Lavar Burton contributed, perhaps, the most salient commentary on “Django Unchained” any celebrity of note has made when asked about the film while in New York this week.

Burton was in town for the taping of “Pioneers of Television“–which includes an installment focusing on “Roots”–when a TMZ photographer caught up with him. The interview got off to a somewhat awkward start when the photographer suggested that Jamie Foxx, as “Django,” and Burton, as Kunta Kinte,”played the two most famous fictional slaves in history–a remark that did not bode particularly well with the Roots actor.

“Is that a compliment?,” Burton asked.

“I think so,” the photographer answered gingerly.

Burton laughed off the comment but the photographer then mentioned that, while many people grew up on Roots, the younger generation is raving about Django Unchained. Putting the debate to rest, Burton explained the difference between the Emmy Award-winning television mini-series and the Academy Award-nominated Tarantino film.

“Well, here is what I want folks to understand: Django is a fantasy. It’s not history. Roots is history.”

For those who will want to add his name to the list of critics who have been lambasting the “Spaghetti Western,” don’t. In an interview with Ebony, Burton had this to say about the film:

I did not know that it was a comedy. I was unprepared. I saw it Christmas Day. I had heard about it, I didn’t do much reading about it. I knew that there was a controversy over language but I did not think it would be so funny. I thought Sam Jackson was brilliant. And the acting was superb — Leo, Jamie. Quentin Tarantino does very well this sort of adolescent fantasy on steroids. For whatever reason, Quentin really does enjoy putting people of color in his movies, so you’ve got to bless him for that.

Though, as NewsOne previously reported, Tarantino’s critique of Roots was not as complementary:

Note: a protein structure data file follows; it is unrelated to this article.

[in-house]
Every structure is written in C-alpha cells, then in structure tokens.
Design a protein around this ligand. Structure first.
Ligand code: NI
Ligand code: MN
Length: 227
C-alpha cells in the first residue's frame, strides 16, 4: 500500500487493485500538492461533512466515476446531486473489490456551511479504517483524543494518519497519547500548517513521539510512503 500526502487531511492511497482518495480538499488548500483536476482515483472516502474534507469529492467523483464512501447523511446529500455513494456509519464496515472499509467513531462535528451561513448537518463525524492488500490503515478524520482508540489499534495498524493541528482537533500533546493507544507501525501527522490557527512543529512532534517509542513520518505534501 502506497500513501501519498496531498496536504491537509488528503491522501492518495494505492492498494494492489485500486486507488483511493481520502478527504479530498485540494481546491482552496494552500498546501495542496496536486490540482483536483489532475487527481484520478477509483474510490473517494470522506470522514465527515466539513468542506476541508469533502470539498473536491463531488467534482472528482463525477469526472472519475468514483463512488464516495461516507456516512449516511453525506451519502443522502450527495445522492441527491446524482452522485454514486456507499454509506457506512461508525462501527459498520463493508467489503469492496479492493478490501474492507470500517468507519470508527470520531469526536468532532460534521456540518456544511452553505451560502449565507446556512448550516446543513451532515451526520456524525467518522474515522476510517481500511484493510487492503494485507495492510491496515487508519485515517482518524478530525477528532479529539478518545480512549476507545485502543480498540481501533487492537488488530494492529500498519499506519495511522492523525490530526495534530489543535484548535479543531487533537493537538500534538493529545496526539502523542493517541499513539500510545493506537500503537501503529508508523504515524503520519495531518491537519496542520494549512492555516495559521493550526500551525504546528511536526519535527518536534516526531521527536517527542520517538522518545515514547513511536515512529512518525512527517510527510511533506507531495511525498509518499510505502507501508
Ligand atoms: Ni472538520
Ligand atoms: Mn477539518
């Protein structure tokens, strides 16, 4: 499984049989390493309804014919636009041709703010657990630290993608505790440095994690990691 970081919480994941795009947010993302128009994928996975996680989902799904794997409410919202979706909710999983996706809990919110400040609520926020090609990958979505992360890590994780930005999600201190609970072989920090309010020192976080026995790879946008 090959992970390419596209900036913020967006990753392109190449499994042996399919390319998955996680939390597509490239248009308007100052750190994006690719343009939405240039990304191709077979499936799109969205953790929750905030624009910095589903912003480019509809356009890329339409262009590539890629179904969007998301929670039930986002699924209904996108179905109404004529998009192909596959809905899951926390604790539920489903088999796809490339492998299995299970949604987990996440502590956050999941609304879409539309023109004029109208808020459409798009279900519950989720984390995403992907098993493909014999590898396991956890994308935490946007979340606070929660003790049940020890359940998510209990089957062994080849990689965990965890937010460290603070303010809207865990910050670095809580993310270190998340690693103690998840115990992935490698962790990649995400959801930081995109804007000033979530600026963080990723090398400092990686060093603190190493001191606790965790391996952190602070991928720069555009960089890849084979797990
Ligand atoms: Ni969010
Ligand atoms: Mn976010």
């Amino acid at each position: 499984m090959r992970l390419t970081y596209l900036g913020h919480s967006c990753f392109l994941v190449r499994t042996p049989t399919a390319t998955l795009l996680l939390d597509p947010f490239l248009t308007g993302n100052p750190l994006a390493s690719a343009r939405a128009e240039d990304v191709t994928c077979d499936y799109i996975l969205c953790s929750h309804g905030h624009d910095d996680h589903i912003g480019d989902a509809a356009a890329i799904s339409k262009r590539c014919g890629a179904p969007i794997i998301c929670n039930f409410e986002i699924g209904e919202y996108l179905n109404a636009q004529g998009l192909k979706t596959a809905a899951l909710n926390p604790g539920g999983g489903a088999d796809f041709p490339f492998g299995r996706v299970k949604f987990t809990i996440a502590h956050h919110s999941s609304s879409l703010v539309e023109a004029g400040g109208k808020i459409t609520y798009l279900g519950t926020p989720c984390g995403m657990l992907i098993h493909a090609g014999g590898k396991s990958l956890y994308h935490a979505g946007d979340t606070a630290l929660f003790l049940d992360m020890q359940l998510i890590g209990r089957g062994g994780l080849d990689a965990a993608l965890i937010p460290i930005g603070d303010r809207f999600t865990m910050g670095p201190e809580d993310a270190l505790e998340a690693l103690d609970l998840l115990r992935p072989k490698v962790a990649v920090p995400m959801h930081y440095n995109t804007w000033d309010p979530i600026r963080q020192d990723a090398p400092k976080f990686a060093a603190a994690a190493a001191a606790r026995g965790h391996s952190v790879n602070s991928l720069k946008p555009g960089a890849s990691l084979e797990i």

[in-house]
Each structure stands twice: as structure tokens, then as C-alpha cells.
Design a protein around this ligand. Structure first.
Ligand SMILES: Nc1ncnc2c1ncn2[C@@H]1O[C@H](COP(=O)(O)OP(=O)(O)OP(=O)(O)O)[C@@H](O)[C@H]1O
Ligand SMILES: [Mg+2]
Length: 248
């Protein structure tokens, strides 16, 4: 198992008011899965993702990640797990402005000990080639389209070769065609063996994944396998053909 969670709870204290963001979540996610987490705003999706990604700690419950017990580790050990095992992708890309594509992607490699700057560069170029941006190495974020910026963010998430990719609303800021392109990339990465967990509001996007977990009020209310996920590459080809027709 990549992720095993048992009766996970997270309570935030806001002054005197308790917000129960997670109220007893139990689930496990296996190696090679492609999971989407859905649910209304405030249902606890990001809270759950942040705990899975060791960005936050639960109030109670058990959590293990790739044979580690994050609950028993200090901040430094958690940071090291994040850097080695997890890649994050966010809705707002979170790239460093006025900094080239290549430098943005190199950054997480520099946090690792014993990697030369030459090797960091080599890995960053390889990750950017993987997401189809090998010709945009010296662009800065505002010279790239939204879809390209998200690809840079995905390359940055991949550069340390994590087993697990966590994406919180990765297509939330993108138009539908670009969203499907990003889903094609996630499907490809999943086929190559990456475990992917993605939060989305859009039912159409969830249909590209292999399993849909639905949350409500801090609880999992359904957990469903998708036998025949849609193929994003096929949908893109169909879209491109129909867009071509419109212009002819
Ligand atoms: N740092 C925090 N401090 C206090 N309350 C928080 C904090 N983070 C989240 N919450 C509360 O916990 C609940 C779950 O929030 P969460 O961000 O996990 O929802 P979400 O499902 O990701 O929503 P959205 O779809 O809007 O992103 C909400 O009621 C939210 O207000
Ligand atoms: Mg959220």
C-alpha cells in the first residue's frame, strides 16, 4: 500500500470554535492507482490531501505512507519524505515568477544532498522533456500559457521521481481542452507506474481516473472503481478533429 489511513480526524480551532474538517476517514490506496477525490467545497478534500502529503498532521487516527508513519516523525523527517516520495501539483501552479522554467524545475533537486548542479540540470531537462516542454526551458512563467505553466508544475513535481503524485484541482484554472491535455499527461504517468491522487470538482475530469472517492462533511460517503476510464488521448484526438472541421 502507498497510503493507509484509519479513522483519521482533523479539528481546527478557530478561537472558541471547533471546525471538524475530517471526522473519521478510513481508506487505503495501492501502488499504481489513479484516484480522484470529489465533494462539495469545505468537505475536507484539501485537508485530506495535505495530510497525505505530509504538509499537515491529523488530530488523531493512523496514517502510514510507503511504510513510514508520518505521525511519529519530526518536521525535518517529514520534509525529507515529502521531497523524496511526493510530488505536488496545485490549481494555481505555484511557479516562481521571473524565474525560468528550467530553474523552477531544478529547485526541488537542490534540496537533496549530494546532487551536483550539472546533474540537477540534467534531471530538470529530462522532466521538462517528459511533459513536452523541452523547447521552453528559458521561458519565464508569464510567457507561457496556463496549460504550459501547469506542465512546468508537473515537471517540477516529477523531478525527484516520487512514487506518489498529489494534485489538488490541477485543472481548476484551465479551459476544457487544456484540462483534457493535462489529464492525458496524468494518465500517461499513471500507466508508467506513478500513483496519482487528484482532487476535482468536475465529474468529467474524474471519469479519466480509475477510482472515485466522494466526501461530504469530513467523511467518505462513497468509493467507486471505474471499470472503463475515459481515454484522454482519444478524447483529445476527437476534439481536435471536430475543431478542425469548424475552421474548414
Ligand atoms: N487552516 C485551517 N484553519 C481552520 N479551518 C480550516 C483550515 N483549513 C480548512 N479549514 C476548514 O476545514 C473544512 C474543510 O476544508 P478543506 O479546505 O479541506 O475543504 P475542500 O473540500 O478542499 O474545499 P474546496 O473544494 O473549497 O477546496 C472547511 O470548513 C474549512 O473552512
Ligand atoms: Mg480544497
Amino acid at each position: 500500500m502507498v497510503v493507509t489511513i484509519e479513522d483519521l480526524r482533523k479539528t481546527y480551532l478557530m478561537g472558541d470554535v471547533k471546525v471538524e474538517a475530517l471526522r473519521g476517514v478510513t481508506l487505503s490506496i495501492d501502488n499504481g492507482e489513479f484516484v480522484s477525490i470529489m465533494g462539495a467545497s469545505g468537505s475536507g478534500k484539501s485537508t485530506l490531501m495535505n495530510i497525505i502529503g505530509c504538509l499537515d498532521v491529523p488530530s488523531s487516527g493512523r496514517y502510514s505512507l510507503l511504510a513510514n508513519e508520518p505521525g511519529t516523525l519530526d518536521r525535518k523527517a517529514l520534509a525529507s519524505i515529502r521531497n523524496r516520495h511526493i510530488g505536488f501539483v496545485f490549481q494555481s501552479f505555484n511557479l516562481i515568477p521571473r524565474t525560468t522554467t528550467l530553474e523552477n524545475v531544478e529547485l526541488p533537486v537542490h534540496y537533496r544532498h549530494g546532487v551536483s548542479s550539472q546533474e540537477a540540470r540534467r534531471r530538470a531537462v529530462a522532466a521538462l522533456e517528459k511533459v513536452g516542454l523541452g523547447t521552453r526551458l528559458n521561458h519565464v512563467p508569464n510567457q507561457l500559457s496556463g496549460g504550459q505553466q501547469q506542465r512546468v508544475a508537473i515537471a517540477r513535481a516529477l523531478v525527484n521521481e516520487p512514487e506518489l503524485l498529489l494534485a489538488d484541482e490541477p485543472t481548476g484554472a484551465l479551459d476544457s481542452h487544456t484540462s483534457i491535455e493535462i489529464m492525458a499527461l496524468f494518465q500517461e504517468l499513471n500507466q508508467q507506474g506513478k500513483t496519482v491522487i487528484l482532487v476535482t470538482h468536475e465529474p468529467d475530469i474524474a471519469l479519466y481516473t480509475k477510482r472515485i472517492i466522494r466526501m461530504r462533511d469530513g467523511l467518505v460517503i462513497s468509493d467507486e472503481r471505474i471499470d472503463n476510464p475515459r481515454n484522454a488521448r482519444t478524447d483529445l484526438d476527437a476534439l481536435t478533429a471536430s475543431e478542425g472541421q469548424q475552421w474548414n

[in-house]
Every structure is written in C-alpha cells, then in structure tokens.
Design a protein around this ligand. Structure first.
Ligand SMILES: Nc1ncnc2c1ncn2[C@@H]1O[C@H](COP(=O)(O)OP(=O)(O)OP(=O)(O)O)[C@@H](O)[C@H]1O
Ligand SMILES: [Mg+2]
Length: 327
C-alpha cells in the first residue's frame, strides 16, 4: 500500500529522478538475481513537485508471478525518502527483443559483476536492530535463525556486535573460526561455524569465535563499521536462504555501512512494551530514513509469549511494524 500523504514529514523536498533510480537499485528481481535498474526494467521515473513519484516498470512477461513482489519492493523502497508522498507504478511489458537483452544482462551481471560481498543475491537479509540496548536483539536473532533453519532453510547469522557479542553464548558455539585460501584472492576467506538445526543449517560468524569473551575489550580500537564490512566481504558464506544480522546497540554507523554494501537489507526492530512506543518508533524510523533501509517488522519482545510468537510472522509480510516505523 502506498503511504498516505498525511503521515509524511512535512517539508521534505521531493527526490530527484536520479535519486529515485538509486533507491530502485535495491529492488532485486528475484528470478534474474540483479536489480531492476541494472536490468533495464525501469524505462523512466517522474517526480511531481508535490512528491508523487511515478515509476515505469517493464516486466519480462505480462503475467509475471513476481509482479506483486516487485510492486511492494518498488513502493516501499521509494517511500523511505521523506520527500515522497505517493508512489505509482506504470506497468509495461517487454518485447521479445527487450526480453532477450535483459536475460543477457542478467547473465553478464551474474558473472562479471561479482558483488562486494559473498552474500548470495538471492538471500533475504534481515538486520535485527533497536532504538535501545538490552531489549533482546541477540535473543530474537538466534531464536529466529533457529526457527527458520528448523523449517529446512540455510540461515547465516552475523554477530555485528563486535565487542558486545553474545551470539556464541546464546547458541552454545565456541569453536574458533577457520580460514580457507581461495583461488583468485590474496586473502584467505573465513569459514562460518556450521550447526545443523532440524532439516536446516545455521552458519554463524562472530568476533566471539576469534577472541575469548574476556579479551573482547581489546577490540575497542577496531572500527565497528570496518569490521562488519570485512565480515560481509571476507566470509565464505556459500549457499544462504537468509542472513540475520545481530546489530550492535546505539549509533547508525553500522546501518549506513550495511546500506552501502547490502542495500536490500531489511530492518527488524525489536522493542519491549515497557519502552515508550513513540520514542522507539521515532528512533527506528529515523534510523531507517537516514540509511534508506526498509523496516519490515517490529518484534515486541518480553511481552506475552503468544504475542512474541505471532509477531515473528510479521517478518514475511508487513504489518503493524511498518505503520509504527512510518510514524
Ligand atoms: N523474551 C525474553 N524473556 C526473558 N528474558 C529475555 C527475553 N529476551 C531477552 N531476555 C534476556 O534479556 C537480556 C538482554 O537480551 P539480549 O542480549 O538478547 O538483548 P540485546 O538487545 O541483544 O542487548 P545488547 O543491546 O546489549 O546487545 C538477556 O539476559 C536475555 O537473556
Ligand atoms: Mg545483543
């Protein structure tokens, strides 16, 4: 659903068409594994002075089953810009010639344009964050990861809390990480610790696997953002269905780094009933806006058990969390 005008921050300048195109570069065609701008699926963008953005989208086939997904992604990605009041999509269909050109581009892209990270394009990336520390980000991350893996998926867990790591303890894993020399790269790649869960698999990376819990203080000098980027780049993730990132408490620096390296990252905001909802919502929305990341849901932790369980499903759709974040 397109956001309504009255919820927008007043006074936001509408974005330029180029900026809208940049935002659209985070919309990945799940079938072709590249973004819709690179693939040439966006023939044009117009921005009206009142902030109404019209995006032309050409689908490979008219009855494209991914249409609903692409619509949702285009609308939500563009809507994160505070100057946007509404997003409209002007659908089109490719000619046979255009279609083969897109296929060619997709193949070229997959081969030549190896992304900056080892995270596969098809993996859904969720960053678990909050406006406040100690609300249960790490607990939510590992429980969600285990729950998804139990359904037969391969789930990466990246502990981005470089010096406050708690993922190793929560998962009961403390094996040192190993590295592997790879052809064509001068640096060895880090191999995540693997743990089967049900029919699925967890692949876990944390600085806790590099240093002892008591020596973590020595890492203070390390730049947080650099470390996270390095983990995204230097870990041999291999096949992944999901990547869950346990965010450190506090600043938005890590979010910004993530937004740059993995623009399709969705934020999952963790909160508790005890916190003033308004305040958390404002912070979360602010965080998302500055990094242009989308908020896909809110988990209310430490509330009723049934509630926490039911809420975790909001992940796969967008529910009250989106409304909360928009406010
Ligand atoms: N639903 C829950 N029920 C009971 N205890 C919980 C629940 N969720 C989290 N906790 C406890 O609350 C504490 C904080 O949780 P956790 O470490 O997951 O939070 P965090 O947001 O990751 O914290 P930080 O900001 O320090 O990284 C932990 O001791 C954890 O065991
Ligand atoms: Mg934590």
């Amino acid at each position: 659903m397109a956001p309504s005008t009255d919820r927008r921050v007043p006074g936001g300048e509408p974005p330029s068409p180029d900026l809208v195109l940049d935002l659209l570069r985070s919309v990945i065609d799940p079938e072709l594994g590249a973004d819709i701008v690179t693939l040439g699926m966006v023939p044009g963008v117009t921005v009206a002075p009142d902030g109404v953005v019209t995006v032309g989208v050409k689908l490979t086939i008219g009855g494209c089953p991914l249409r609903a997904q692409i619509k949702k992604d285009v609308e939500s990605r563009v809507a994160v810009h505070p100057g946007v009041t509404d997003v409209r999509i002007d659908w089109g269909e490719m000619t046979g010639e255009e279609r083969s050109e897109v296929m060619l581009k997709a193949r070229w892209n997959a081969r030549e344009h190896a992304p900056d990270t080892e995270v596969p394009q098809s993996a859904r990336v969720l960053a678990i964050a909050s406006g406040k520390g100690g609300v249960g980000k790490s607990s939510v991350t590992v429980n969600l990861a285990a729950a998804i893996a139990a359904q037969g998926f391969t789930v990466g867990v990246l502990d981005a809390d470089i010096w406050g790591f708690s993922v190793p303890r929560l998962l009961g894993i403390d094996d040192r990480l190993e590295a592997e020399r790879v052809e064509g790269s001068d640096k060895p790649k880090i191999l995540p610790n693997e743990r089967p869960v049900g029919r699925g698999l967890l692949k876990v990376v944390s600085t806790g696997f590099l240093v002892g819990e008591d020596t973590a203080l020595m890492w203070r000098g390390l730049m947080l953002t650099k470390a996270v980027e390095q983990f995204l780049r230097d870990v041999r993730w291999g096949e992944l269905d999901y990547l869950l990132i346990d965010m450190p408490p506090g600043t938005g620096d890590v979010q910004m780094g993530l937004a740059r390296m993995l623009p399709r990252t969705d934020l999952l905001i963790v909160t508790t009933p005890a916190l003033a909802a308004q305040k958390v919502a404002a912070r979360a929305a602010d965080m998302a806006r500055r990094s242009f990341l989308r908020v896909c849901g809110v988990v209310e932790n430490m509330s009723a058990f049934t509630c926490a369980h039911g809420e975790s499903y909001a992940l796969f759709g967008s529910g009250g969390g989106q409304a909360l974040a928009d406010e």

“When you look at Roots, nothing about it rings true in the storytelling, and none of the performances ring true for me either,” said Tarantino. “I didn’t see it when it first came on, but when I did I couldn’t get over how oversimplified they made everything about that time. It didn’t move me because it claimed to be something it wasn’t.”

(Photo: PR Photos)

Also On Black America Web:

3 thoughts on “Levar Burton: ‘Django Is A Fantasy. It’s Not History’

  1. Monica on said:

    Very disappointed that Tarantino saw Roots as oversimplified and that it didn’t ring true for him. Being from the south, I remember my grandmother (born in 1902) saying that she also thought that what her father said was just a story until some of the atrocities in Roots were acted out that he spoke of. Django left me asking what happened after they rode off into the night…most likely lynched. That is our reality, Mr. Tarantino.

  2. chuchoriccio on said:

    upto I saw the bank draft for $9910, I have faith that my mother in law woz like truley erning money part-time on there computar.. there uncles cousin had bean doing this for only about thirteen months and resently cleared the loans on there place and purchased a gorgeous Toyota. this is where I went,……. BIT40.ℂOℳ

Add Your Comment

Fill in your details below or click an icon to log in:

WordPress.com Logo

You are commenting using your WordPress.com account. Log Out / Change )

Twitter picture

You are commenting using your Twitter account. Log Out / Change )

Facebook photo

You are commenting using your Facebook account. Log Out / Change )

Google+ photo

You are commenting using your Google+ account. Log Out / Change )

Connecting to %s

×
Follow

Get every new post delivered to your Inbox.

Join 3,806 other followers